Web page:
If your dog is unable to use a car restraint, crate, or kennel, consider a dog car seat. For dogs up to 30 pounds, this rear-facing pet bed cushions and protects your dog on impact.
The PupSaver Crash-Tested Car Safety Seat is comfortable and versatile.
Using An Inferior Back Seat Restraint
“I thought I bought a reliable safety harness for my dog, Maggie. I was driving Virginia I-66 during the morning rush hour. A car cut in front of me and I had to slam on the brakes. Maggie was screaming in pain. I discovered the harness tether had wrapped around her back legs and she was thrown and hit the back of the front seat. She was hurting and scared and I couldn’t get to her fast enough.”
This is a direct quote from Lindsay A. Wolko, founder and CEO of the Center for Pet Safety.
Just because a product such as a harness or restraint claims they did a crash test does not mean it actually passed crash testing. The “pass” title is very subjective and manufacturers want you to think they have gone through rigorous due diligence. In most cases, they have not.
Learn how to pick a restraint car harness for your dog and how to get them used to it.
Take Plenty of Food and Water For Road Trips
Dogs can get digestive upset from a change in water. If your pup is used to the water from home and suddenly drinks from a different source, diarrhea, nausea, vomiting, and gastric distress may result. We always take bottled water from home or buy cases of our favorite bottled water that our dog drinks at home.
I cannot stress this enough: Regular meals with a regular diet and plenty of hydration are keys to a successful road trip. My dog takes a day or so to get used to a road trip and feeding times when we travel together.
Resist the temptation to change foods or add some human food. Again, the key is digestive continuity and not tummy upset. Again, I’ve been there, done that, and you risk dehydration if a dog gets traveler’s diarrhea.
We feed Dr. Harvey’s food as part of our rotational diet at home. When we travel, we use Dr. Harvey’s Veg-to-Bowl where you add warm water, a protein, your favorite oil like an Omega fish oil capsule, and you have an instant meal.
I keep them in a cooler or in a warm/cold-lined tote bag. For easier prep, we love Dr. Harvey’s Oracle dog food. Simply add warm water, wait a few minutes, and you have a full meal for your dog.
I love that meat is the first ingredient and we can transport it easily. Oracle is also available in beef. You can try a free sample and just pay for shipping. Snag some Dr. Harvey’s free samples.
My Favorite Dog Travel Water Bottle For Road Trips
S’well’s 25-ounce stainless steel water bottle has served us well for over a decade. It is insulated with a copper wall layer to eliminate condensation. Best of all, the water stays cold for up to 54 hours. We left the bottle in the car overnight, and the next day it was still cold!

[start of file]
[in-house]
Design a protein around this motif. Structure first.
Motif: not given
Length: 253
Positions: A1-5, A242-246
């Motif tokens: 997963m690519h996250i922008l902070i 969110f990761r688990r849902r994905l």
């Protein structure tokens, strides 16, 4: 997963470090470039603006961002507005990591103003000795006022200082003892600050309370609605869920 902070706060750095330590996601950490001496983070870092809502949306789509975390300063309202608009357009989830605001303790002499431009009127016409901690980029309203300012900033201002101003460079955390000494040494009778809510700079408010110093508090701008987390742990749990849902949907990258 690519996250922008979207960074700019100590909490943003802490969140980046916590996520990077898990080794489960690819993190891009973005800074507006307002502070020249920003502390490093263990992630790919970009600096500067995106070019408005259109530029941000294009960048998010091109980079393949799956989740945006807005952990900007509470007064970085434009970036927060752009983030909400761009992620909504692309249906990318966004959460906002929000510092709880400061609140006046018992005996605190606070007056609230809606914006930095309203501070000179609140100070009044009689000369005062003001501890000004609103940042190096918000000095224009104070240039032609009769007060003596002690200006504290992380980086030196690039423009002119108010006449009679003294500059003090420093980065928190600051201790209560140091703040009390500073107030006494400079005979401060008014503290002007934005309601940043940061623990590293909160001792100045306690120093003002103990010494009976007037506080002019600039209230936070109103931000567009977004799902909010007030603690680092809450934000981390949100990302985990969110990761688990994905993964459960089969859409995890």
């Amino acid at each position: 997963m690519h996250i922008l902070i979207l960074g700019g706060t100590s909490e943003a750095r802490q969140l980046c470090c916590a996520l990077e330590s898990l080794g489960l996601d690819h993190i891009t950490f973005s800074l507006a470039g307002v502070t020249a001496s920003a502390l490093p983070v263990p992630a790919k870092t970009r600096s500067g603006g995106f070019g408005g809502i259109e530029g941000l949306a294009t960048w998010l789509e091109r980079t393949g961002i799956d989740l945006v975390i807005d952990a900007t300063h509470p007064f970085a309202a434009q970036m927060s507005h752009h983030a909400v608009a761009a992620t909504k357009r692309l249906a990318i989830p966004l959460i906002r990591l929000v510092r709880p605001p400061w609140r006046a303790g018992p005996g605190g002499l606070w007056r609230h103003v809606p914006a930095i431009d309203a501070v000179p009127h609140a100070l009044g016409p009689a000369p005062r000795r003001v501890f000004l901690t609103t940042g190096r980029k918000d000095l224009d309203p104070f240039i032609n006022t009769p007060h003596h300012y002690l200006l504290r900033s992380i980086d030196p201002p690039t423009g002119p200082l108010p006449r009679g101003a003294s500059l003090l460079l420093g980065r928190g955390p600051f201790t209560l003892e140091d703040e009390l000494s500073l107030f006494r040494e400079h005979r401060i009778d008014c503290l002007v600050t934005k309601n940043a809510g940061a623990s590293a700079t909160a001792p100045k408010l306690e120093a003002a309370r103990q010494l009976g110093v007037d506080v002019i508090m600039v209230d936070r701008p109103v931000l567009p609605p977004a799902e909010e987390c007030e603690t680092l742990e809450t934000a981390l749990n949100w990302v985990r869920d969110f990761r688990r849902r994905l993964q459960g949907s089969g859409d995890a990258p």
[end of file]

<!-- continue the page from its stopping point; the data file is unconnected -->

Choose from many styles and designs from S’well.
Never Leave Your Dog Alone In the Car
Dogs should never be left alone in a car for a variety of reasons: sweltering heat, freezing cold, or even theft. Many dogs are stolen from cars as they longingly and innocently wait for their pet parent(s) to return.
It happened in my hometown a few years ago with two big dogs who waited in the car while their dad ran a quick errand in the mall. The dogs were not small. Someone busted the window and took off with the dogs.
Pet Safety Crusader, Denise Fleck, says, “Pets don’t sweat to regulate their body temperatures (normally 100.0°F – 102.5°F). They release heat through their tongue, nose, and footpads. Dogs pant to exchange cooler outside air with the warm humid air in their lungs while cats don’t usually pant until they are overwhelmed by the heat. If the outside air isn’t cooler than an animal’s body temperature, the animal can succumb to heatstroke.”
According to AnimalLaw.com, 28 states have laws that either prohibit leaving an animal in a confined vehicle under dangerous conditions or provide civil immunity (protection from being sued) for a person who rescues a distressed animal from a vehicle.
You cannot automatically break a car window to help a dog in distress as much as this is what most of us want to do. Be sure to know the laws in your state, and often times, in your county or town. Here is a list of state laws to protect animals left in parked vehicles from AnimalLaw.com.
Problem Solver: Use the drive-up window if you are going to a restaurant. In our situation, one of us goes in the store while the other stays with the dog in air-conditioned (or heated) comfort. We also check out pet-friendly stores.
If you see something, say something. At the very least, please do not let a dog suffer. Go into the store, ask for an announcement to be made, call 911.
Download this Hot Car Fatalities are Preventable reminder for Twitter, Facebook, or Instagram to share on your social networking profiles.
Dog Sticking His Head Out the Car Window
I know it is cute and I know many people do it, but it is super dangerous and one of the biggest dangers of road tripping with a dog.